Mid Wales schools hit by internet speed gaps

Poor broadband speeds have left a number of primary schools in Mid Wales facing issues using online learning resources.

Schoolchildren school pupils classroom stock

It has emerged that there are at least six schools in Powys where broadband connectivity has affected resources for pupils.

The figures were revealed when Montgomeryshire AM Russell George wrote to Education Secretary Kirsty Williams over a complaint he received from Ysgol Pontrobert in Meifod.

In a letter from the school to Mr George, published by the Welsh Conservatives, it said: “Internet speed is so slow here that we cannot achieve hardly any of our tasks from the new digital competency framework.

“It would take all morning to connect to Hwb [teaching resource] – which all Welsh pupils should be actively working on daily.”

Mr George said it was unacceptable that hundreds of children across Wales were still at an educational disadvantage because of the problem.

He said: “Children from rural areas risk seriously falling behind in their learning unless they are afforded the same access to broadband as their urban equivalents.

“The Welsh Government must take urgent steps to redress this if they are to successfully roll-out the new curriculum.”

In a written answer to Mr George, Ms Williams said the vast majority of schools were in receipt of broadband speeds which will support the use of Hwb and other digital initiatives.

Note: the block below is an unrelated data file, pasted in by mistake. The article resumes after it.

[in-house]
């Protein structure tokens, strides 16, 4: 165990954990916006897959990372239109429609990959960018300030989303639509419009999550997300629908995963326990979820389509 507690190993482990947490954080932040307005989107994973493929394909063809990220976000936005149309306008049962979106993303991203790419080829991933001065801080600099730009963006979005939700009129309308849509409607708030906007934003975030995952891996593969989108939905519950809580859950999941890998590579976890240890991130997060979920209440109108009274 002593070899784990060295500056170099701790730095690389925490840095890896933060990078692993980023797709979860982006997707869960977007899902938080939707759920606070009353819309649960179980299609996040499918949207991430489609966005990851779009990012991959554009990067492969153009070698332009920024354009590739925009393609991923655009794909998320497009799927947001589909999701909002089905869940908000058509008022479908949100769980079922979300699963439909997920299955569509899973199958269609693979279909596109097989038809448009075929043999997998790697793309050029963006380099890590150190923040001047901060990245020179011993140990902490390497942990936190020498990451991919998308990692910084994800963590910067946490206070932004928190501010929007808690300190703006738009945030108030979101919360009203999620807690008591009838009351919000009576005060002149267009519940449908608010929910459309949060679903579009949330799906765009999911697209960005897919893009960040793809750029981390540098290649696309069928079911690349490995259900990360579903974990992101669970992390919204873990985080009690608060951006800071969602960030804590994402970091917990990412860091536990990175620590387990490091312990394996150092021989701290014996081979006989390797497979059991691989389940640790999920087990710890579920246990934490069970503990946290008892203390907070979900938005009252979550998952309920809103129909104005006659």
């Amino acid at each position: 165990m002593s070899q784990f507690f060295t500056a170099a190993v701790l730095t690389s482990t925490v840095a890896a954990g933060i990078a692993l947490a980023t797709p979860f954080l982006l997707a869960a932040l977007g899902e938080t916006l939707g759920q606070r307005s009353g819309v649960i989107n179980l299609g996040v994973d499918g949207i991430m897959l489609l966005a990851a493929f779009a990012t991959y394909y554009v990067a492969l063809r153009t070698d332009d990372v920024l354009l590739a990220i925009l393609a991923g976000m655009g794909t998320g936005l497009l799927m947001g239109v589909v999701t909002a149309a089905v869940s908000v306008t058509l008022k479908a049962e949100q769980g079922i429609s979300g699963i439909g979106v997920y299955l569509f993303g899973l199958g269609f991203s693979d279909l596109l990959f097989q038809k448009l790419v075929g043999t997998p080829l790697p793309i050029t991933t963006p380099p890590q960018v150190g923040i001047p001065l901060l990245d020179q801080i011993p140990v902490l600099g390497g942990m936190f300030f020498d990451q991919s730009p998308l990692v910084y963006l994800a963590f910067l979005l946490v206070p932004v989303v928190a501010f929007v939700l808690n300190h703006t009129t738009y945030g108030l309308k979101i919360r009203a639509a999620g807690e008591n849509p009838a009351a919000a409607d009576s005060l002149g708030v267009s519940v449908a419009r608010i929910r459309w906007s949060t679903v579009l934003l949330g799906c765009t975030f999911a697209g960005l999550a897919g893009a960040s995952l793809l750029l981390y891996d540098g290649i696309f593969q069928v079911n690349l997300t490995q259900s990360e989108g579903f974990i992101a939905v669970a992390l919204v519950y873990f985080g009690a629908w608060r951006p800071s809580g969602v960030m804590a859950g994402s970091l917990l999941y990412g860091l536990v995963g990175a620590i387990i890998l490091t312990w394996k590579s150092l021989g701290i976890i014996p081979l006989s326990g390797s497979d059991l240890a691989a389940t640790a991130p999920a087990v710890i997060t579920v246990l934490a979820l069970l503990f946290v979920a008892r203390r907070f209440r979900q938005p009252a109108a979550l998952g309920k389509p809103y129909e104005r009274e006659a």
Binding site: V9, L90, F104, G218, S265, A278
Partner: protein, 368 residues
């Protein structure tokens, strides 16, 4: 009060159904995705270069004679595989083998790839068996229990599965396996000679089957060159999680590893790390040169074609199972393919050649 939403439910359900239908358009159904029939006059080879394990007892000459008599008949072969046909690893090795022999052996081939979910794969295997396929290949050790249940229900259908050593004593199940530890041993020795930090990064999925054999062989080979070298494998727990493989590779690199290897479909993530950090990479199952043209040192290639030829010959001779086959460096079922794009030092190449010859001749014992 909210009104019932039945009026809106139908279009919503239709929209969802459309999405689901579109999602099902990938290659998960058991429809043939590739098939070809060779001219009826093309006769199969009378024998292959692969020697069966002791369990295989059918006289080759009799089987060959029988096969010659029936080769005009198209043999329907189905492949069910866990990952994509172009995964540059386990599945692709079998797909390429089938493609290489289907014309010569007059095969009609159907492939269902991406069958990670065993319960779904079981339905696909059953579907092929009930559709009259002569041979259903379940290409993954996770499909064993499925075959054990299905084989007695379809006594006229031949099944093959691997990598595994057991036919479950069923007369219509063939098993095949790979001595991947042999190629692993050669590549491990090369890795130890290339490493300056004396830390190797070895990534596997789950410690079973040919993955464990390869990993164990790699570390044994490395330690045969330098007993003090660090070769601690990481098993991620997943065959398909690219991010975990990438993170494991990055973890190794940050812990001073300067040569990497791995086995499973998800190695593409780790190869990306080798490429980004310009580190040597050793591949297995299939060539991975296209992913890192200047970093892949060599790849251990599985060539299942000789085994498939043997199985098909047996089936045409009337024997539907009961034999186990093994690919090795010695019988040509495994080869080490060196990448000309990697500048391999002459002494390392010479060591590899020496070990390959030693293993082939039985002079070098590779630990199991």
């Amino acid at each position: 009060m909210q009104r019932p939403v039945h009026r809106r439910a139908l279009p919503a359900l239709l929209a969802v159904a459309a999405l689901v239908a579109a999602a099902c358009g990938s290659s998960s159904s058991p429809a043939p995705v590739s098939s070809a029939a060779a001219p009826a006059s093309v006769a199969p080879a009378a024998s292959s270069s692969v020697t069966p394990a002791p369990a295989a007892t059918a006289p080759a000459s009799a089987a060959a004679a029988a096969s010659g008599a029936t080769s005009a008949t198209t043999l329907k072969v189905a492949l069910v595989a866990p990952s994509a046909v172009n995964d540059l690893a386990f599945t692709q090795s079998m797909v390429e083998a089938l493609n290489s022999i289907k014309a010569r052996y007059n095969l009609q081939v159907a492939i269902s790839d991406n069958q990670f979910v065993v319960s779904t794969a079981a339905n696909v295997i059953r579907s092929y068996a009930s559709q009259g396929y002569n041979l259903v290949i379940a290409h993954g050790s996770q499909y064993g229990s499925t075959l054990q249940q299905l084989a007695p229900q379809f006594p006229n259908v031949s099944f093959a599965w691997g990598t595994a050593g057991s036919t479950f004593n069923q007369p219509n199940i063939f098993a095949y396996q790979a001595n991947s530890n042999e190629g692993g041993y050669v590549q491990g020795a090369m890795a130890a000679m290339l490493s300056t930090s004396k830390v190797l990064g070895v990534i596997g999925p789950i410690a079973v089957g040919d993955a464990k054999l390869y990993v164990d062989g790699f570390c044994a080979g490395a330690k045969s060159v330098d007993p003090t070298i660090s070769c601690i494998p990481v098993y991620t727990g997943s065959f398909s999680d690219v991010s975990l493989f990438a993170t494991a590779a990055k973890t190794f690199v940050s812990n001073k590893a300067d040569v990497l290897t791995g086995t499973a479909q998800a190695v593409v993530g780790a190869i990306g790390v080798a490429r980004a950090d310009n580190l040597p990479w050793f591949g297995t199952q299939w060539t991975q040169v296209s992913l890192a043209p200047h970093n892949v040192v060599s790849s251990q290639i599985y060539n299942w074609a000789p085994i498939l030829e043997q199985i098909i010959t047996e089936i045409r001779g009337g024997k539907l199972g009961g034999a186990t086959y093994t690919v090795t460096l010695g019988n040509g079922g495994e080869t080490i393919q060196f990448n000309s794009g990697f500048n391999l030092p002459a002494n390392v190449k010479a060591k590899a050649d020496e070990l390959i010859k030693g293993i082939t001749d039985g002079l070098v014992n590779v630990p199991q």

She said 28 schools were below the minimum commitment of 10 megabits per second but it did not necessarily mean they could not access the Hwb resource. Ms Williams said the delays had been due to “high excess construction costs which were primarily a result of poor telecommunications infrastructure in the area”.

In November, the Welsh Government announced a £5 million project to enable all schools to have access to superfast broadband.

John Williams, spokesman for Ms Williams, said work was now being carried out to ensure all affected schools will have increased broadband services by March.

He said: “With 28 schools still needing improvement, we recognise there is more to do.”

“Which is why we have also just announced an additional £5m to enable all schools to have access to superfast broadband and ensure they have the infrastructure needed to prepare pupils for the modern world.

“We are working closely with the respective local authorities to ensure all 28 schools affected will have increased broadband services to support the digital competence framework by end of March this year.”

Subscribe to our Newsletter